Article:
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Mandiant Uncovers China-Linked Cyberattack Campaign

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China Linked APT UNC3886

Mandiant researchers have shed light on the extensive cyberattacks conducted by a suspected Chinese state-sponsored hacking group known as UNC3886. 

According to a comprehensive report published by Google's Mandiant threat intelligence team, the malicious cyber espionage operations by UNC3886 have targeted major organizations worldwide across strategic sectors.

The revelations from Mandiant's in-depth analysis expose the group's meticulous tactics, which involve exploiting zero-day vulnerabilities and deploying an array of sophisticated malware to establish persistent access within compromised systems. 

The report provides a detailed account of UNC3886's activities, shedding light on their modus operandi and the specific attack techniques employed.

Mandiant's investigation traced the group's extensive cyber campaign back to late 2021, during which time they successfully exploited a critical vulnerability (CVE-2023-34048) in VMware vCenter servers to gain unauthorized remote access. 

"CVE-2023-34048 was not the only zero-day vulnerability exploited by UNC3886 during these intrusions." Mandiant wrote, "The threat actor exploited three other zero-day vulnerabilities, which have since been patched, to gain access when obtaining and abusing credentials of existing accounts was infeasible."

The three other previously undisclosed vulnerabilities that were exploited are-

  • CVE-2022-41328 in FortiOS was exploited to download and execute backdoors on FortiGate devices.
  • CVE-2022-22948 in VMware vCenter was exploited to obtain encrypted credentials in the vCenter's postgresDB for further access.
  • CVE-2023-20867 in VMware Tools was exploited to execute unauthenticated Guest Operations from ESXi host to guest virtual machines.

UNC3886 attack path diagram
UNC3886 attack path diagram | Credit- Mandiant

According to the report, UNC3886 demonstrated a high level of operational security and employed advanced evasion techniques, including the deployment of publicly available rootkits like REPTILE and MEDUSA. These rootkits provided the attackers with persistent backdoor access and the ability to conceal their malicious activities from detection.

Mandiant's analysis further revealed that UNC3886 leveraged trusted third-party services, such as GitHub and Google Drive, as command-and-control channels for their malware. 

This innovative tactic allowed the threat actors to blend in with legitimate network traffic, making their operations more challenging to detect.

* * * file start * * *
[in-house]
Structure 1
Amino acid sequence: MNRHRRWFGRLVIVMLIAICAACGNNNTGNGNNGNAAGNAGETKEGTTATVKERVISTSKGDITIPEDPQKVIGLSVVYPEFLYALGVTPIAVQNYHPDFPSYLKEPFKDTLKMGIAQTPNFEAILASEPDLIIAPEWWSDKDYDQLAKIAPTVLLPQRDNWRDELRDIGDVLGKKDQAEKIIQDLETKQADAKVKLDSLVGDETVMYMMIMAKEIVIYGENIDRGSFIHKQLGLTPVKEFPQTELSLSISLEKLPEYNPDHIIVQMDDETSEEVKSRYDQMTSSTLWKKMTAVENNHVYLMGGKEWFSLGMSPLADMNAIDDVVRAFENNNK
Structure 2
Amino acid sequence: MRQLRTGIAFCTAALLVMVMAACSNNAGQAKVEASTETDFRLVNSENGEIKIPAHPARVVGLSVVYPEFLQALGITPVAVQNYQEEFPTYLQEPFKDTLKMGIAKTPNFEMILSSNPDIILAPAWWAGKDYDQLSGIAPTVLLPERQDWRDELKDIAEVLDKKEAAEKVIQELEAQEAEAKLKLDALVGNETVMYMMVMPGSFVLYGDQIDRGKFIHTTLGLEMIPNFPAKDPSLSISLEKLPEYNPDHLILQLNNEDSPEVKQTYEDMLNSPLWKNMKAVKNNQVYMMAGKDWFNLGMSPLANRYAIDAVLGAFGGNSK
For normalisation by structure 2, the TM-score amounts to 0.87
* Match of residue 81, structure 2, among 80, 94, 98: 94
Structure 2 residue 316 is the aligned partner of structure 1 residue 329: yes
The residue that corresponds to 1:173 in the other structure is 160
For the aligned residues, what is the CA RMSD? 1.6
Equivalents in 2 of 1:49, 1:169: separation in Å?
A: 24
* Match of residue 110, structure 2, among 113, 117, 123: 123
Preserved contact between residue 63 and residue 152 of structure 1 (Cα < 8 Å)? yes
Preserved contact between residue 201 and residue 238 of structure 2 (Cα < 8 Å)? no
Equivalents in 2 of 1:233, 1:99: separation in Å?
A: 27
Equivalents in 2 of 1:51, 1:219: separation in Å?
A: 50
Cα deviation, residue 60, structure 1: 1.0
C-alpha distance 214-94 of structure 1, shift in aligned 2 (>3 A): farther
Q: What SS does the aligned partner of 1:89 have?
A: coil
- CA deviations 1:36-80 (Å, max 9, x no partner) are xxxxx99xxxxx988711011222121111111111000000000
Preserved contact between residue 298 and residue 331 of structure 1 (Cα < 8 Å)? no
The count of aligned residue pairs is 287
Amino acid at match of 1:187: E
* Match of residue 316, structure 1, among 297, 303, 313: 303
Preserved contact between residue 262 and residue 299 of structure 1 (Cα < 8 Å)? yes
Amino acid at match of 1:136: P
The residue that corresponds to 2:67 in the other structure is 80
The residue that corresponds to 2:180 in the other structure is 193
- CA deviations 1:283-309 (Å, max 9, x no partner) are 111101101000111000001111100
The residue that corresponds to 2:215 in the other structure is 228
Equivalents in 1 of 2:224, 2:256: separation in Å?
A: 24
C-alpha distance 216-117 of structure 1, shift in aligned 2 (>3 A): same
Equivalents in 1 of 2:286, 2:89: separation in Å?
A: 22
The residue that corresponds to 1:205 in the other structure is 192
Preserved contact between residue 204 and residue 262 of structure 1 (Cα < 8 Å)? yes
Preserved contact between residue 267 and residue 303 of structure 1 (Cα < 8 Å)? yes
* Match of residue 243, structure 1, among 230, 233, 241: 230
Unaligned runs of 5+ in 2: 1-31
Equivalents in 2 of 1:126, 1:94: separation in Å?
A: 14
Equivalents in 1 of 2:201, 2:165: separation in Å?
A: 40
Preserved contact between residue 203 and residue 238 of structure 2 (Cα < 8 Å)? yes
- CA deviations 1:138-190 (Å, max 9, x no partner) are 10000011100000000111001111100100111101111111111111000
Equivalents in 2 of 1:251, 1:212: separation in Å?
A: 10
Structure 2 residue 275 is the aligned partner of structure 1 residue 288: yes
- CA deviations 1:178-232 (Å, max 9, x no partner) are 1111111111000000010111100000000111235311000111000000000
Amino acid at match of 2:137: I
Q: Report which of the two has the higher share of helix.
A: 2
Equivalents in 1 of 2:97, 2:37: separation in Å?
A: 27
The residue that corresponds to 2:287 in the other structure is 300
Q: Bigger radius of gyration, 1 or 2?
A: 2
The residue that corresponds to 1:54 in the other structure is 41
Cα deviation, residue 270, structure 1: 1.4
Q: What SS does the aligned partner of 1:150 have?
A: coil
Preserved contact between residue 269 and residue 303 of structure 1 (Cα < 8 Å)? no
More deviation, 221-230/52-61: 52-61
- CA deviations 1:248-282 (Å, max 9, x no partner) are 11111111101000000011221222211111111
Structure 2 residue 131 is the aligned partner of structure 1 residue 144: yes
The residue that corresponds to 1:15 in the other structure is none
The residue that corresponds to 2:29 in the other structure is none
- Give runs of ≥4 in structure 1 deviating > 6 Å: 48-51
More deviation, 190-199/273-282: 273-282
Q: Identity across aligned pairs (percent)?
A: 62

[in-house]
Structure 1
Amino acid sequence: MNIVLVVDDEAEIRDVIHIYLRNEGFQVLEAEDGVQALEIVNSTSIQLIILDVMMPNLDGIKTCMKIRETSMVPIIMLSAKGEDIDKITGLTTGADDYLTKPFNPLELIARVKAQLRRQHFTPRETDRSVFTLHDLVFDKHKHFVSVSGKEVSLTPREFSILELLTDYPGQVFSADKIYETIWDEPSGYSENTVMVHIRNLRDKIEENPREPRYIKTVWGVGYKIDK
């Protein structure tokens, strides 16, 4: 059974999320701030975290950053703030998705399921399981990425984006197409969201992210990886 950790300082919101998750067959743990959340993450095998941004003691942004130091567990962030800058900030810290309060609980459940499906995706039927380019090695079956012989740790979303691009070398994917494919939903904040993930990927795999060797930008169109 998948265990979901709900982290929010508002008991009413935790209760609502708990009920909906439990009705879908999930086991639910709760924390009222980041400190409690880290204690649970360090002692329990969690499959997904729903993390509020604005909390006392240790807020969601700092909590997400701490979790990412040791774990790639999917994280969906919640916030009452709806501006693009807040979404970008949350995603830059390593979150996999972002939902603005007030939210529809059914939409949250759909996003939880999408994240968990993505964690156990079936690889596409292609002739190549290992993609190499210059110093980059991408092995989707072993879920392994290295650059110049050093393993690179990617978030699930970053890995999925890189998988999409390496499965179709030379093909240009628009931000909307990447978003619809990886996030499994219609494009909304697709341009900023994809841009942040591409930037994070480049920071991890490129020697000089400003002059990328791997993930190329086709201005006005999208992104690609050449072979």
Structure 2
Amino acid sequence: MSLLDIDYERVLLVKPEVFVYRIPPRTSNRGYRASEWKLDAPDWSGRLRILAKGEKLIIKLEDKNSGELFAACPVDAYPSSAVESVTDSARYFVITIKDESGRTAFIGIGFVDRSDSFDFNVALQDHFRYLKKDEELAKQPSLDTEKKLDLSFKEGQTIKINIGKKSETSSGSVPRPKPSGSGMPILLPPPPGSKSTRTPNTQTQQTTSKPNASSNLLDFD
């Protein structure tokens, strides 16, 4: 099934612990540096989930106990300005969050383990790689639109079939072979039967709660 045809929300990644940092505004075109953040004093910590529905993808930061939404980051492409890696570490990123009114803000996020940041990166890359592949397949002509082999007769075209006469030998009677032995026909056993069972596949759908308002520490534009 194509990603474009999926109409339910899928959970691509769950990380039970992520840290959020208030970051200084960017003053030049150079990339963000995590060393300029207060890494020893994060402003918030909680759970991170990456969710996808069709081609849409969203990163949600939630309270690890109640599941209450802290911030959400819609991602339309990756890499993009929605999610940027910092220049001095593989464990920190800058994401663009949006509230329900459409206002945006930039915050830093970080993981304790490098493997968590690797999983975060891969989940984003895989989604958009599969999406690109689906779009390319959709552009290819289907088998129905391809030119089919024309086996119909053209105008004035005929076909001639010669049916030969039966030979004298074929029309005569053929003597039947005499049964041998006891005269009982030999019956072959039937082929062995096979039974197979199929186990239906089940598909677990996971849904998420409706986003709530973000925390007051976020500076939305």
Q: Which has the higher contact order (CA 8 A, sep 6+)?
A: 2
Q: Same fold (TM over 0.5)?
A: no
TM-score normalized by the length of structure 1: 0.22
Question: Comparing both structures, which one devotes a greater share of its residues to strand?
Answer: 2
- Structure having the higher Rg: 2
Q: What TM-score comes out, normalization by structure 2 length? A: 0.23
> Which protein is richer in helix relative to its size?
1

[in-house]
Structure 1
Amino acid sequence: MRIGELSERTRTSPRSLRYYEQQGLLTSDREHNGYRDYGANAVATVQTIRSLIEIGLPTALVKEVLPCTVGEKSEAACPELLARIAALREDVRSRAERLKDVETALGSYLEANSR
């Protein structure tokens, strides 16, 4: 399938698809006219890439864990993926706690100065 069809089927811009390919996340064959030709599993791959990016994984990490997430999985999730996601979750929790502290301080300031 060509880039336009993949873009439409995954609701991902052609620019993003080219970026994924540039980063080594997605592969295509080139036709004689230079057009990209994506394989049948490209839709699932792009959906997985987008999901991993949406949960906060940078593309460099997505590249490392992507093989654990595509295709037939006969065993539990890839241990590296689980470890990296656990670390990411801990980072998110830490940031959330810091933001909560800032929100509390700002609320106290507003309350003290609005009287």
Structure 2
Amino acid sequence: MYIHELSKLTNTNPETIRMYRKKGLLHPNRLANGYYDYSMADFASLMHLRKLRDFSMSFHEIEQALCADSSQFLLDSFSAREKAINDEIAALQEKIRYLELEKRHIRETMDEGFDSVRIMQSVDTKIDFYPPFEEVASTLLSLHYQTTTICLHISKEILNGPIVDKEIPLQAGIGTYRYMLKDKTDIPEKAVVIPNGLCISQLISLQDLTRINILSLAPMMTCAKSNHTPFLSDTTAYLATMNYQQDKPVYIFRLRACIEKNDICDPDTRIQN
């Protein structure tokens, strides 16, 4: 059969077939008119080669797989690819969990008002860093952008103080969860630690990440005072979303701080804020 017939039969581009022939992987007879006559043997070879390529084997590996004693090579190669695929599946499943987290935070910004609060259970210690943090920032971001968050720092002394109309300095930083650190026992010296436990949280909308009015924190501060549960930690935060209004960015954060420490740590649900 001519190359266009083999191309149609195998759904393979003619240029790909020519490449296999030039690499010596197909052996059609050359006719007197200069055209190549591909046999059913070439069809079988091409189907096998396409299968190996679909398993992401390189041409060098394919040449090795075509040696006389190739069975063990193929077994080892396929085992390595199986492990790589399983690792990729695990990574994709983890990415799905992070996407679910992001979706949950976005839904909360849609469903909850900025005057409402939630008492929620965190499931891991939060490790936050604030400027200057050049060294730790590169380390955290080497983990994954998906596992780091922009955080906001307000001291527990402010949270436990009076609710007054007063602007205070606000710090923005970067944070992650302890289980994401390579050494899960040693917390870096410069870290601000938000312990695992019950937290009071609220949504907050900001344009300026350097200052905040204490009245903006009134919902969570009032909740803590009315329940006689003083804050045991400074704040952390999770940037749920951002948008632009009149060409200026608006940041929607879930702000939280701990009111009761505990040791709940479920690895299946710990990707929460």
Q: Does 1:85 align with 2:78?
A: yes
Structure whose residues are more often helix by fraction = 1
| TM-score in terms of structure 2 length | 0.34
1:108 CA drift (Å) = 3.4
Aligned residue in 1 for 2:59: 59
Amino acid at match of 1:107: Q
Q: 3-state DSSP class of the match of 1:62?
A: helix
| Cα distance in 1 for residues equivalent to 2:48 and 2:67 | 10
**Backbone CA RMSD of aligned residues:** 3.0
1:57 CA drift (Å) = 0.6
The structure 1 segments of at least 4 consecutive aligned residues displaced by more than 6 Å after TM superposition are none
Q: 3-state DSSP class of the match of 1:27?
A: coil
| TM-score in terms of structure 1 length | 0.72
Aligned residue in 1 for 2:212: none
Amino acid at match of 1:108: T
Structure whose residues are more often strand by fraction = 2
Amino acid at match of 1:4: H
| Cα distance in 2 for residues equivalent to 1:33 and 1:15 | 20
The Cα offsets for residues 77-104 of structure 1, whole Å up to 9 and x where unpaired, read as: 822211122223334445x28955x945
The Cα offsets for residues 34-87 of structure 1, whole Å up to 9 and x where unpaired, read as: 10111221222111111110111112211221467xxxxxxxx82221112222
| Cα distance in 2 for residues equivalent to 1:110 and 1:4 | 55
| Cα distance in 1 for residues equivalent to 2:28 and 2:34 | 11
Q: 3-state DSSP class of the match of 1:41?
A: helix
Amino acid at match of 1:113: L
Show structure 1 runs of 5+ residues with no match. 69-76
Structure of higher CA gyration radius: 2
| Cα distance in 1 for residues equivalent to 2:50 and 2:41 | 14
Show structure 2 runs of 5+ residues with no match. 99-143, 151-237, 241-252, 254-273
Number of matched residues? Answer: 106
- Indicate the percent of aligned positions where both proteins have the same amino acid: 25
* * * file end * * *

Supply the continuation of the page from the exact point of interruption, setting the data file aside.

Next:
In a particularly concerning development, the report uncovered UNC3886's attempts to subvert access and extract credentials from TACACS+ authentication servers used by network appliances for centralized access control.

TACACS is a network protocol used in computer networking for providing centralized authentication, authorization, and accounting (AAA) services. TACACS+ represents an enhanced and more robust version of the original TACACS protocol. Network appliances employ TACACS+ for security and access control, ensuring that authenticated users are authorized to execute actions that are monitored for auditing purposes.

"An unauthorized access to a system functioning as an authentication server like a TACACS+ server is an absolute security nightmare. The threat actor could access or manipulate user credentials and authorization policies stored within its database."

Successful compromise of such critical infrastructure could grant the attackers unfettered access to strategic networks and systems.

Mandiant's findings highlight the global nature of UNC3886's operations, with confirmed victims spanning North America, Southeast Asia, Oceania, Europe, Africa, and other parts of Asia. The targeted sectors align with typical espionage objectives, including governments, telecommunications, technology, aerospace, defense, and energy utilities.

In response to the identified threats, Mandiant has released detection and hardening guidelines, as well as indicators of compromise (IoCs), to assist organizations in identifying and mitigating potential UNC3886 activities. 

Additionally, Mandiant has collaborated with Google to provide rules and threat intelligence to SecOps Enterprise+ customers.

At the time, Mandiant had no evidence to discover how the attackers were deploying the backdoors to vCenter systems. Mandiant observed crashes across multiple UNC3886 cases between late 2021 and early 2022.

The researchers also noticed that most environments where these crashes were observed had log entries preserved, however, the ‘vmdird’ core dumps were removed.

Mandiant's report describes it as a valuable resource for understanding the evolving cyber threat landscape and the sophisticated tactics employed by state-sponsored actors.

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